Defense lawyers for three former Dewey & LeBoeuf LLP leaders accused of committing financial fraud failed get the case tossed out Tuesday, as a judge ruled there was enough evidence to send the matter to a jury for deliberation, the Wall Street Journal reported. New York state court Judge Robert Stolz did reserve the right to dismiss some of the 100 counts against the trio — Dewey’s former chairman, Steven Davis, ex-chief financial officer, Joel Sanders, and former executive director, Stephen DiCarmine — before sending it to the jury. Assistant District Attorney Steve Pilnyak argued in court on Tuesday that prosecutors have laid out enough evidence over 3 months, through 41 witnesses, to prove the ex-Dewey leaders oversaw a scheme to manipulate the fallen law firm’s books in the years leading up to its 2012 bankruptcy.

Quiksilver Said to Seek Buyer as It Struggles to Stay Afloat

Quiksilver Inc., the surfwear chain that has lost more than three-quarters of its value this year, is looking for a buyer that could help keep the company afloat, Bloomberg News reported yesterday. Quiksilver has been holding discussions with potential strategic bidders with the goal of a management-led buyout that would let the company retain its stores. The Huntington Beach, Calif.-based chain replaced its top executives in March after the company had to restate earnings and projected disappointing sales. In June, Quiksilver scrapped its annual earnings forecast, saying that a rebound would take longer than expected.

Hosted by the Commercial Fraud Committee

This is the first of three webinars stemming from ABI's recently published book Fraud and Forensics: Piercing Through the Deception in a Commercial Fraud Case. Each webinar takes an in-depth look at areas of specialty, challenge and reward for forensic accountants and the professionals who work with them in commercial fraud cases. The second and third webinars will be:

  • Fraud and Forensics: The Expert Witness in a Commercial Fraud Case - December 9, 2015, 1:30 - 2:45 pm ET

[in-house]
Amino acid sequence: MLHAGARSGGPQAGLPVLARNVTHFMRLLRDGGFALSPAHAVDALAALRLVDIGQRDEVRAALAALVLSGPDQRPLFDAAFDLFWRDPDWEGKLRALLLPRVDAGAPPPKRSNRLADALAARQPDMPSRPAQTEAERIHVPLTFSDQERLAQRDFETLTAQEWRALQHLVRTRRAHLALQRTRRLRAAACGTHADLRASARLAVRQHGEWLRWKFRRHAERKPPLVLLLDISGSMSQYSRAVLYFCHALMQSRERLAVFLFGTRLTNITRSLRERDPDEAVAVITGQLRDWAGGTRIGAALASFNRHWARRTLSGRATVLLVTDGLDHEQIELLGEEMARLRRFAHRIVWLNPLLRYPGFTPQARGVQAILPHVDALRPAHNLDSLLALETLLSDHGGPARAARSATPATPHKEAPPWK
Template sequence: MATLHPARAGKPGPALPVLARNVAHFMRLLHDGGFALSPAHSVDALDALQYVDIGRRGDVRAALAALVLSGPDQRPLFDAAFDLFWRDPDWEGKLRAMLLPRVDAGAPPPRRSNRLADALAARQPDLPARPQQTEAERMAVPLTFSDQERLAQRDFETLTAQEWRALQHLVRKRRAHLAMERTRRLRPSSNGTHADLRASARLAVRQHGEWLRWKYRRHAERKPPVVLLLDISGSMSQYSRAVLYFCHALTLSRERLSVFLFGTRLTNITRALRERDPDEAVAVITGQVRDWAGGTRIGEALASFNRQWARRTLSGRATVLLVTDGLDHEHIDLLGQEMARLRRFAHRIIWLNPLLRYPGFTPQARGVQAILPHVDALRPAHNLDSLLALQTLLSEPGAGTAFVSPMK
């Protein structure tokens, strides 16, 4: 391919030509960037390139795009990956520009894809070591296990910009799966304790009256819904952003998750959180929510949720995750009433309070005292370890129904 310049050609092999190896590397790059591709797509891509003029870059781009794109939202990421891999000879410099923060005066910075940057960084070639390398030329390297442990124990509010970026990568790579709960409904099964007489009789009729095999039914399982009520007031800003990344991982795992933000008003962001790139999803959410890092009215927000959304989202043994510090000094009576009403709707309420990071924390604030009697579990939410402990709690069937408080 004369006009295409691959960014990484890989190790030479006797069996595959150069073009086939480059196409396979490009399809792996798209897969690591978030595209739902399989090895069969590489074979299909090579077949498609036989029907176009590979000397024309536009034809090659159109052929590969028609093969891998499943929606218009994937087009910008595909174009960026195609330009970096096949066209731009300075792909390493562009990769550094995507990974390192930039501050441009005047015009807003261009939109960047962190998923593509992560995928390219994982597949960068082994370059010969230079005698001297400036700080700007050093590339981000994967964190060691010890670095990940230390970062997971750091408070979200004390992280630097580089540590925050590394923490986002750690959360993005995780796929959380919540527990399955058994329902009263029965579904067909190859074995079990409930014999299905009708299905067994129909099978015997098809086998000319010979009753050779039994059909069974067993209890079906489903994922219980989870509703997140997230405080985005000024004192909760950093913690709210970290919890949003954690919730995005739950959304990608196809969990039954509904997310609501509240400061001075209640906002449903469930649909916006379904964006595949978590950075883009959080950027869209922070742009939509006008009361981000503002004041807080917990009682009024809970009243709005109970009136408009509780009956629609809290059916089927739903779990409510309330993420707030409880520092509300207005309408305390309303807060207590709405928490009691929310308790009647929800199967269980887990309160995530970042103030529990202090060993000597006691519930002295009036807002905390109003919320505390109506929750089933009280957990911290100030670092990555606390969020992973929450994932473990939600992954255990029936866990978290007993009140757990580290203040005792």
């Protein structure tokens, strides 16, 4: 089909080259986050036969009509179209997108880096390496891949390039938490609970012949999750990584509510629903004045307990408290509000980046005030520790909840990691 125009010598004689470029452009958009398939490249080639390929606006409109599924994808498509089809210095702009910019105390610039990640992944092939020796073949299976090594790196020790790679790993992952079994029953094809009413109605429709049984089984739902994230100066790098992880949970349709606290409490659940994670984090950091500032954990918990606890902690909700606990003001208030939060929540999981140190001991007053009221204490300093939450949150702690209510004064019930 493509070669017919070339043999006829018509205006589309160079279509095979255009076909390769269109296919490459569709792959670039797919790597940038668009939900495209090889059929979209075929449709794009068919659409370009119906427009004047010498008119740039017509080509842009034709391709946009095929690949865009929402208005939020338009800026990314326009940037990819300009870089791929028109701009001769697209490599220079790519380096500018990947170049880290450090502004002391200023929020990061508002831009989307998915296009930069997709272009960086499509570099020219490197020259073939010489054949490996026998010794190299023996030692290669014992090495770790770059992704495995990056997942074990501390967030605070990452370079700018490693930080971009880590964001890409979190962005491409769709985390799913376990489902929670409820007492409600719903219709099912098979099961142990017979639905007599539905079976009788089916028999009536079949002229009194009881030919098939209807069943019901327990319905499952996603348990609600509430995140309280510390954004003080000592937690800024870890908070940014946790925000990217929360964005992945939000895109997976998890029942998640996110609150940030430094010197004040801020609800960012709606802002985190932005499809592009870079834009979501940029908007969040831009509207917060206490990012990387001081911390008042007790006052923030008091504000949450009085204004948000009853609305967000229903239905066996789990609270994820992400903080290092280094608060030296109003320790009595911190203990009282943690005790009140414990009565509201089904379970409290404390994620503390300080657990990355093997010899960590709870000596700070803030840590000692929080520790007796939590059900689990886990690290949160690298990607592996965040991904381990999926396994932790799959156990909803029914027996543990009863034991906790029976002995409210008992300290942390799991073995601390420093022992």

• Fraud and Forensics: The Lawyer and Forensic Accountant Working Together - January TBD

This webinar will highlight important aspects of the investigation phase of a commercial fraud case from the perspective of a forensic accountant. Featuring three authors of the recently published Fraud and Forensics: Piercing the Deception in a Commercial Fraud Case, the presentation will cover different types of commercial fraud and how to detect it, along with the investigative techniques necessary to leverage witness information and the cache of data available on social media outlets. The panelists will also discuss cash-flow analysis, data-collection techniques, and methodologies for creating a database.

October 8, 2015

75 Minutes 1:30-2:45 pm ET

RATES

ABI Member
Webinar Bundle (includes all three webinars plus book): $225
This Webinar Only: $75
This Webinar with Book: $125

Non-Member
Webinar Bundle with Book: $345
This Webinar Only: $195
This Webinar Only with book: $245

SPEAKERS for October 8, 2015

Kathy Bazoian Phelps, Moderator
Diamond McCarthy LLP
Los Angeles

Gregory S. Hays
Hays Financial Consulting, LLC
Atlanta

Katya Hirose
FTI Consulting, Inc.
Los Angeles

Maryellen K. Sebold
BDO Consulting
Los Angeles

To register for ALL THREE WEBINARS please click here

 

 

 

 

Conference Address